Frozen mess awaits crews keeping rivers, locks clear

The Valley News-Dispatch

Jan. 05–With daytime temperatures in the single digits and wind chills that plunge below zero, just getting to work or shoveling a driveway is hard enough for most people.

So, imagine what it’s like to spend seven hours working on the concrete walls of a lock along a frozen river with nothing to block the wind or, worse yet, 15 feet below the water line in a tunnel under a lock that regularly floods.

That’s what goes on along the region’s rivers at the locks and dams maintained by the Army Corps of Engineers. It’s winter maintenance season for the Corps, and the frigid weather has them fighting a continual battle against river ice.

“We like to say that our operators have the luxury of working outdoors during the summer,” said Ian McKelvey, the Corps’ supervisor of operation specialists on the Allegheny River.

“But it’s in the winter when they earn their keep,” he said. “Imagine being out there now for seven hours dealing with ice issues at the lock gates?”

But deal they do, albeit a little slower, getting the job done, McKelvey said.

Ice covers much of the Allegheny River in Armstrong and Allegheny counties, with 4 to 6 inches of snow atop that north of Ford City.

The Corps’ workers have a twofold job: keeping locks free of ice so they remain operable through the winter and keeping an eye on the ice itself for signs of ice damming that could spell flooding trouble when the weather warms.

Although the arctic cold snap blanketing the region had river ice forming faster than usual, there are no major problems on any of the rivers yet, said Lt. Shawn Simeral with the Coast Guard in Pittsburgh.

He participated in a conference call Wednesday on the condition of the rivers with river-based industry representatives and the National Weather Service.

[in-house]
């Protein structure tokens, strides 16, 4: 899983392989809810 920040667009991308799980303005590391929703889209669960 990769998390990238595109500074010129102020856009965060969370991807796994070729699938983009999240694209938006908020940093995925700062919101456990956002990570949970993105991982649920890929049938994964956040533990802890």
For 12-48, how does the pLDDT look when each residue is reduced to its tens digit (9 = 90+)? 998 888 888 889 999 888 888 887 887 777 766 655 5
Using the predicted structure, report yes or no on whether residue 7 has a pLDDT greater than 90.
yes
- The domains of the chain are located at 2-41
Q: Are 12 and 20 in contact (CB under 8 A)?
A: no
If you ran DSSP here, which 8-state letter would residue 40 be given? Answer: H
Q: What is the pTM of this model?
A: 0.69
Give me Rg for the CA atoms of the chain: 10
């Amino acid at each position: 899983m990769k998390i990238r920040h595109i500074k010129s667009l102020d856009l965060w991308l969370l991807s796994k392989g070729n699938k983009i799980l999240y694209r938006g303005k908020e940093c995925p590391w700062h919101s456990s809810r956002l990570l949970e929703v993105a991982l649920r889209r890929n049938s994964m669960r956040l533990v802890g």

“A lot of industry vessels are limiting tow sizes and are slowing down their movement in the water for safety reasons,” he said.

Formation of the ice on local waterways is not surprising.

However, what is not so well-known are the dangers posed by ice and the substantial amount of maintenance for outdoor water facilities such as locks on the Allegheny, Monongahela and Ohio rivers.

As most of humanity hunkers down indoors waiting for double-digit temperatures to return, workers at the region’s river locks are clearing ice, sometimes on an hourly basis, to keep the facilities open and ready for business.

Locking through ice

Working barges and moving water shear the sheets of ice on area rivers, reopening the navigation channels. The remnants float, spill over the fixed-crest dams and drift quickly on their migration downstream.

A hardy bunch of workers toils to keep the ice out of the river locks, which are used by commercial boat traffic.

The ice, though, can double the time it takes for commercial traffic to pass through a river lock. It’s called a “double lockage.”

Sometimes when a barge needs to lock through, the ice pushed by the vessel accumulates in front of it as it cuts through the water to reach the lock chamber.

That forces lock operators to make the barge wait while they lock through the ice to get it out of the way.

To keep ice from forming inside the locks, the Corps operates “water movers” that circulate water inside the lock chambers to keep it from freezing.

Under the lock

But ice isn’t just a problem on the rivers’ surfaces.

Deep inside lock facilities are tunnels, called “galleries,” that house hydraulic, air and electric lines used to operate the lock gates. The tunnels have their own gates, allowing them to flood — by design.

During winter months, the galleries are drained so workers can perform work on the lines in them — and shovel out the ice that can accumulate there.

Such was the case this week at Lock and Dam No. 7 near Kittanning, where mechanic James Burford was cleaning out the gallery and replacing rusted hydraulic pipe. A top priority also are the air lines, which are used to send a continuous flow of bubbles around the lock gates so ice can’t form around them.

Without the bubbles, the ice could make the gates inoperable, stopping commercial traffic along the rivers.

Mary Ann Thomas is a Tribune-Review staff writer. Reach her at 724-226-4691, or via Twitter @MaThomas_Trib.

Disclaimer: The opinions expressed within this article are the views of the writer and do not necessarily reflect the views and opinions of Waterways Council, Inc.